Laurel Parmet’s astute feature narrative debut, THE STARLING GIRL zeroes in on the life of seventeen-year-old Jem Starling as she struggles to define her place within her fundamentalist Christian community of rural Kentucky. Even her greatest joy of dancing with the church group is tempered by worry that her actions are sinful and she is caught between a burgeoning awareness of her own sexuality and her religious devotion. With the return of Owen, an enigmatic youth pastor, Jem soon finds herself attracted to his worldliness and charm. Slowly, he draws her into a dangerous relationship that could upend their entire community. THE STARLING GIRL centers on Jem’s agency as Scanlen and a gruffly charismatic Lewis Pullman generate a palpable chemistry, even as the film steadily reaffirms Jem’s youthful naivete and Owen’s position of authority. Writer-director Laurel Parmet delicately balances the intoxication and inappropriateness of the pair’s transgressive connection in this morally complex, sensitive coming-of-age story. A stellar Eliza Scanlen beautifully conveys the impetuous, conflicted Jem’s tentative journey toward understanding her growingly complicated ideas about herself, her family, and the faith that has always guided her life.
About the filmmaker – Laurel Parmet is a screenwriter and director whose feature directorial debut, THE STARLING GIRL, will be premiering in the U.S. Dramatic Competition at the 2023 Sundance Film Festival. Parmet received her MFA in directing from NYU’s Tisch School of the Arts and has written and directed several award-winning short films; the latest, KIRA BURNING, having premiered at SXSW and screened at MoMA in the Future of Film is Female series. Her previous short film, SPRING, screened at SXSW, Outfest, Palm Springs and many more. Parmet developed THE STARLING GIRL as a fellow of the Sundance Institute’s Feature Film Program and was recently named one of Variety’s 10 Directors to Watch for 2023.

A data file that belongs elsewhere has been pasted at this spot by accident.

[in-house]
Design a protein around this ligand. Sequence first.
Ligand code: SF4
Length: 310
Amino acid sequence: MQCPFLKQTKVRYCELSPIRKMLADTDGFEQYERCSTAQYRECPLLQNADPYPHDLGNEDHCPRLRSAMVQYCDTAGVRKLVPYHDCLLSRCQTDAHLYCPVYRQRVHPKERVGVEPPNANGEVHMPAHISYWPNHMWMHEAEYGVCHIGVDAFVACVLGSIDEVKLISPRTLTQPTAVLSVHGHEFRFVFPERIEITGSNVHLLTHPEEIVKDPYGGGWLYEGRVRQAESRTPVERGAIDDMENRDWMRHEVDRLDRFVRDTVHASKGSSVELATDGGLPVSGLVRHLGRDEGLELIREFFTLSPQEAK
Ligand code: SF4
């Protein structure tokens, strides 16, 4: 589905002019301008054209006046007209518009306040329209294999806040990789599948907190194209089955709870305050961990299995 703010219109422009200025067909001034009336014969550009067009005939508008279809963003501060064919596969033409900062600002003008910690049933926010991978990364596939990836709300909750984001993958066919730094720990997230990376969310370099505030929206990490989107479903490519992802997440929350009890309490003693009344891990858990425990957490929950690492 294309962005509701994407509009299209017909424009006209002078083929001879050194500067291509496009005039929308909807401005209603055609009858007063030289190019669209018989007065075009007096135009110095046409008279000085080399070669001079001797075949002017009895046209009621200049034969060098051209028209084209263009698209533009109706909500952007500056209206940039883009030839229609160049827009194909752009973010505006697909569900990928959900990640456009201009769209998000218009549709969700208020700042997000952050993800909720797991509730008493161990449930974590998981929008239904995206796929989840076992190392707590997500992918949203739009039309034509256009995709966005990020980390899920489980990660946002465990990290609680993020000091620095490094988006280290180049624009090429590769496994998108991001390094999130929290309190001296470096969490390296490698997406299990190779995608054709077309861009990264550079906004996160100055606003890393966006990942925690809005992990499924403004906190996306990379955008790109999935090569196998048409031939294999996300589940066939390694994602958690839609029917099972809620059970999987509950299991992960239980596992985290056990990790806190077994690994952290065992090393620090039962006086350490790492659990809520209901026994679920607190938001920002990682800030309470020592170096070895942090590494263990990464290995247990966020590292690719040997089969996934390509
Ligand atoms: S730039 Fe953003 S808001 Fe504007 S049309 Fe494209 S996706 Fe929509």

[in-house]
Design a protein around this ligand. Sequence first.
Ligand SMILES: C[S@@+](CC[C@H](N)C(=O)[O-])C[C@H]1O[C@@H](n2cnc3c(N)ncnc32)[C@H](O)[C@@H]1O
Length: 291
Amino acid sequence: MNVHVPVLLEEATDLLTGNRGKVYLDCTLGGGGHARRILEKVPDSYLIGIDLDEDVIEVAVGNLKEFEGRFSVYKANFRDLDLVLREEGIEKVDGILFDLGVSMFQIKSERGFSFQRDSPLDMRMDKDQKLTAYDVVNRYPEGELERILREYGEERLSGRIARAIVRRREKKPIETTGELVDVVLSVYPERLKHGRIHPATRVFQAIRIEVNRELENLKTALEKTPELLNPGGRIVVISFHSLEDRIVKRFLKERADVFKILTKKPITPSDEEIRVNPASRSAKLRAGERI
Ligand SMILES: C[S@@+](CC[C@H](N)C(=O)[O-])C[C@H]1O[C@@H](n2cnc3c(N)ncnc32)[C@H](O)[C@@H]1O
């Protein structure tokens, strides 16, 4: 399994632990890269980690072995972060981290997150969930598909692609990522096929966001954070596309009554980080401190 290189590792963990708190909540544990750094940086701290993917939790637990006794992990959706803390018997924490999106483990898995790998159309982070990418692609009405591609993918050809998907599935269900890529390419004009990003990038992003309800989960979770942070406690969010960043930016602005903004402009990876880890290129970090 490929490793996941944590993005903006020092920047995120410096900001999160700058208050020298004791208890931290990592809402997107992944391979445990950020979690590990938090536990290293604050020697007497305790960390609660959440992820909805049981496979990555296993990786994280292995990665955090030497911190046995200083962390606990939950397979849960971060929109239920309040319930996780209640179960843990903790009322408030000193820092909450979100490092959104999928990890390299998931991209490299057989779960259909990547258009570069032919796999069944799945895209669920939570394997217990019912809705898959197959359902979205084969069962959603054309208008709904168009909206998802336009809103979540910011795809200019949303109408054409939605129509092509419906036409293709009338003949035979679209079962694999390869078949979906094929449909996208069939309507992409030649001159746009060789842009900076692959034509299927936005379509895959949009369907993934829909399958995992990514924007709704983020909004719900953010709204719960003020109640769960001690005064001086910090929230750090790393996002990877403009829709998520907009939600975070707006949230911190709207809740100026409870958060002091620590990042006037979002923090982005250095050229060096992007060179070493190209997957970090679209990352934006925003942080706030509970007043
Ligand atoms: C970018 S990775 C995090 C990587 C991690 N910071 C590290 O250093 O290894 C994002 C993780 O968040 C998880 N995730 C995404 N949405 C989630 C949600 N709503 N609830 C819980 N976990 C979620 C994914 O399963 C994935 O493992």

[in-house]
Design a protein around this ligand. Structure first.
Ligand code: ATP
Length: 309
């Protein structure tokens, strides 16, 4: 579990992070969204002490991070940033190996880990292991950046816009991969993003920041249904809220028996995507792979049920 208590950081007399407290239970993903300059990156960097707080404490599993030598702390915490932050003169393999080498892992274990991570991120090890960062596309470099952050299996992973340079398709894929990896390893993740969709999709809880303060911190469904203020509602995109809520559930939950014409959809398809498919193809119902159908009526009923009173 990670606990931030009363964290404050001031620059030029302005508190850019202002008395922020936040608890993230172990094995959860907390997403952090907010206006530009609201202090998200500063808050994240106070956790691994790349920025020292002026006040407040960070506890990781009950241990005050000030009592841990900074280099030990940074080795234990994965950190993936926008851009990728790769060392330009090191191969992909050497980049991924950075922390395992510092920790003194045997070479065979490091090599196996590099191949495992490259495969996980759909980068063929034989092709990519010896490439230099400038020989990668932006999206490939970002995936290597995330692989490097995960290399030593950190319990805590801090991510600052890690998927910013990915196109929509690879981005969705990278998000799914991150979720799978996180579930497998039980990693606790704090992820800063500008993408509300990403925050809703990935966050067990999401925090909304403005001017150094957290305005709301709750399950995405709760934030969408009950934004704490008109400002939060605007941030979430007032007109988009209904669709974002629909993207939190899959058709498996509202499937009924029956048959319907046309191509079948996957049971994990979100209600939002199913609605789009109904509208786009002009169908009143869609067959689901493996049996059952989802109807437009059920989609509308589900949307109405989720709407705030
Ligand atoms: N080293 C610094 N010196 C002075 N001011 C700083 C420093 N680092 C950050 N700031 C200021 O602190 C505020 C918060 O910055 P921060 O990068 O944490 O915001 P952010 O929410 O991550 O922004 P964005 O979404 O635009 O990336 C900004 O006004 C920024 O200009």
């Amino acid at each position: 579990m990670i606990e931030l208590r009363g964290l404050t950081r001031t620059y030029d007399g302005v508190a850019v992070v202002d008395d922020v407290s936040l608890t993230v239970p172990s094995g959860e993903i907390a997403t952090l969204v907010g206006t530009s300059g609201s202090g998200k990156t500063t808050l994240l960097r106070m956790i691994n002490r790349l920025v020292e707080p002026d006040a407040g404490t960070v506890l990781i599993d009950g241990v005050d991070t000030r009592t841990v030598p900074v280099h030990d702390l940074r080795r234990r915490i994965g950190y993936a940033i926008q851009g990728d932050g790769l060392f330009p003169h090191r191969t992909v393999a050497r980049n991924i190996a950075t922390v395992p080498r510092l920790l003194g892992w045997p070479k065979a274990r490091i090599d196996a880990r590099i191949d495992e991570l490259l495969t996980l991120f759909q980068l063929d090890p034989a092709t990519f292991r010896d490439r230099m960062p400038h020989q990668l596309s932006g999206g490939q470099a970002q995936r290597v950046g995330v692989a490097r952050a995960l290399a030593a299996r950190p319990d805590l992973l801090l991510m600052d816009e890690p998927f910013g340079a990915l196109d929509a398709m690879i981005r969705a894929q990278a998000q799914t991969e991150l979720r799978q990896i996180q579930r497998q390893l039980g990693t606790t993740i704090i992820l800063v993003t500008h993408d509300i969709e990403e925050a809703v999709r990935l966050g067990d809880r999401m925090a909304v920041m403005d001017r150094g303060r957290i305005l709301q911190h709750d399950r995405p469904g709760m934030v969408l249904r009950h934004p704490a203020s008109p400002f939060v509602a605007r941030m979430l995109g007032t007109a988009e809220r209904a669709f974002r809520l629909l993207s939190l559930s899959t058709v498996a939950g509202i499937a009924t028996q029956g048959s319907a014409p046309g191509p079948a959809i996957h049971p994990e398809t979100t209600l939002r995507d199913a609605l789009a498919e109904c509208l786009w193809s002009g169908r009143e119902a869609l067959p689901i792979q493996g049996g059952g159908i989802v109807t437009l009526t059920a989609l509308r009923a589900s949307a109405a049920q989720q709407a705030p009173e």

“Scanlen’s work here is steeped in the feeling of a real-life being lived right in front of you.” – Jason Bailey, The Playlist
“The power of this sensitive and devilishly detailed coming-of-age drama is rooted in the friction that it finds between biblical paternalism and modern personhood.” – David Ehrlich, indieWire
“The language and strictures of their religious community are perfectly rendered by writer and director Laurel Parmet, who captures the complicated interplay of power and immaturity that can blossom in isolated communities.” – Alissa Wilkinson, Vox
“At a time when very little nuance is allowed in our culture, Parmet exquisitely manages to tell a complex story in the least judgmental manner, focusing primarily on the inner and outer world of her protagonist, perfectly embodied by Eliza Scanlen.. – Frank J. Avella, Edge Media Network
“Parmet’s strong script and surety behind the camera navigates the audience through this complicated story of religion and sexuality, patriarchy and power, brought to eerily accurate life by the ensemble of excellent actors.” – Katie Walsh, TheWrap
Tommy Hyde’s beguiling feature documentary debut UNDERDOG follows a hardscrabble Vermont dairy farmer Doug Butler. Doug has an offbeat passion – dog mushing. A local folk hero, Doug trains his team of mutts on the family farm with a dream to compete at the world championships in Alaska. But the demands of being a small-scale family farmer in a changing world are constant. Keenly aware of the fate of the other family farms that used to dot the landscape, Doug has managed for years to play one creditor off against the next to survive another season. But with the debt now insurmountable and Doug’s thoughts plunging into depression, his dogs offer solace…and perhaps a way out. On a cold March morning Doug pulls out of his driveway in a rusted-out truck carrying 22 dogs, bound for Alaska. The journey will prepare him for what he’ll confront when he gets back: the sale of his farm and a race to craft a new destiny. Director, cinematographer, editor Tommy Hyde joins us for a conversation on how met his charismatic subject, being welcomed into Doug’s energetic world, traveling across country with Doug and working how working with UNDERDOG producer and writer, Aaron Woolf and producer Kyra Schaefer from Mosaic Films Productions made this possible.